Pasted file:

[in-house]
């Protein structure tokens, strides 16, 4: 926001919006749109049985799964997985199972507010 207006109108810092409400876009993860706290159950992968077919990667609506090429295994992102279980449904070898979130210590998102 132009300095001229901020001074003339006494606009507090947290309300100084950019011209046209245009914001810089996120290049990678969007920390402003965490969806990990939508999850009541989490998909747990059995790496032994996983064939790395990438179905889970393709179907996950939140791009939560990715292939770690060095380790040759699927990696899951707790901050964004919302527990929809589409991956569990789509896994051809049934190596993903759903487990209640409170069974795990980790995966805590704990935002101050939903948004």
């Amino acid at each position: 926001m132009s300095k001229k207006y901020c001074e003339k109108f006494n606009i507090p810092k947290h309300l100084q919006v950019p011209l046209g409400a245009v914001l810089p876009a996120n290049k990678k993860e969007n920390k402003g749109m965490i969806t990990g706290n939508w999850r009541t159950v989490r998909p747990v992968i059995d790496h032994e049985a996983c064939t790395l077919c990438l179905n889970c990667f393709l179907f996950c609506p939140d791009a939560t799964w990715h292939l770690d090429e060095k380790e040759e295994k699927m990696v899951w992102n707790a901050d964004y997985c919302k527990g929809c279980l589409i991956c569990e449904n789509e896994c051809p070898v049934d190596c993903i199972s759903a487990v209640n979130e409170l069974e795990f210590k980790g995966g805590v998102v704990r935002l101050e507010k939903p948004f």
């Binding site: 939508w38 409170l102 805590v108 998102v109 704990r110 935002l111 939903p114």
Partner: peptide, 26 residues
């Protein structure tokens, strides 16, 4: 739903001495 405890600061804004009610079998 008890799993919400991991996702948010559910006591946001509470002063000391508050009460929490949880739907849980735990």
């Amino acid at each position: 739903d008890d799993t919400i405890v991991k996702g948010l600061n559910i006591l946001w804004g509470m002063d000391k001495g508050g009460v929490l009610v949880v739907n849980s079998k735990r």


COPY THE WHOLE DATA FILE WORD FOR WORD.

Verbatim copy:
[in-house]
């Protein structure tokens, strides 16, 4: 926001919006749109049985799964997985199972507010 207006109108810092409400876009993860706290159950992968077919990667609506090429295994992102279980449904070898979130210590998102 132009300095001229901020001074003339006494606009507090947290309300100084950019011209046209245009914001810089996120290049990678969007920390402003965490969806990990939508999850009541989490998909747990059995790496032994996983064939790395990438179905889970393709179907996950939140791009939560990715292939770690060095380790040759699927990696899951707790901050964004919302527990929809589409991956569990789509896994051809049934190596993903759903487990209640409170069974795990980790995966805590704990935002101050939903948004």
């Amino acid at each position: 926001m132009s300095k001229k207006y901020c001074e003339k109108f006494n606009i507090p810092k947290h309300l100084q919006v950019p011209l046209g409400a245009v914001l810089p876009a996120n290049k990678k993860e969007n920390k402003g749109m965490i969806t990990g706290n939508w999850r009541t159950v989490r998909p747990v992968i059995d790496h032994e049985a996983c064939t790395l077919c990438l179905n889970c990667f393709l179907f996950c609506p939140d791009a939560t799964w990715h292939l770690d090429e060095k380790e040759e295994k699927m990696v899951w992102n707790a901050d964004y997985c919302k527990g929809c279980l589409i991956c569990e449904n789509e896994c051809p070898v049934d190596c993903i199972s759903a487990v209640n979130e409170l069974e795990f210590k980790g995966g805590v998102v704990r935002l101050e507010k939903p948004f």
């Binding site: 939508w38 409170l102 805590v108 998102v109 704990r110 935002l111 939903p114």
Partner: peptide, 26 residues
């Protein structure tokens, strides 16, 4: 739903001495 405890600061804004009610079998 008890799993919400991991996702948010559910006591946001509470002063000391508050009460929490949880739907849980735990």
């Amino acid at each position: 739903d008890d799993t919400i405890v991991k996702g948010l600061n559910i006591l946001w804004g509470m002063d000391k001495g508050g009460v929490l009610v949880v739907n849980s079998k735990r």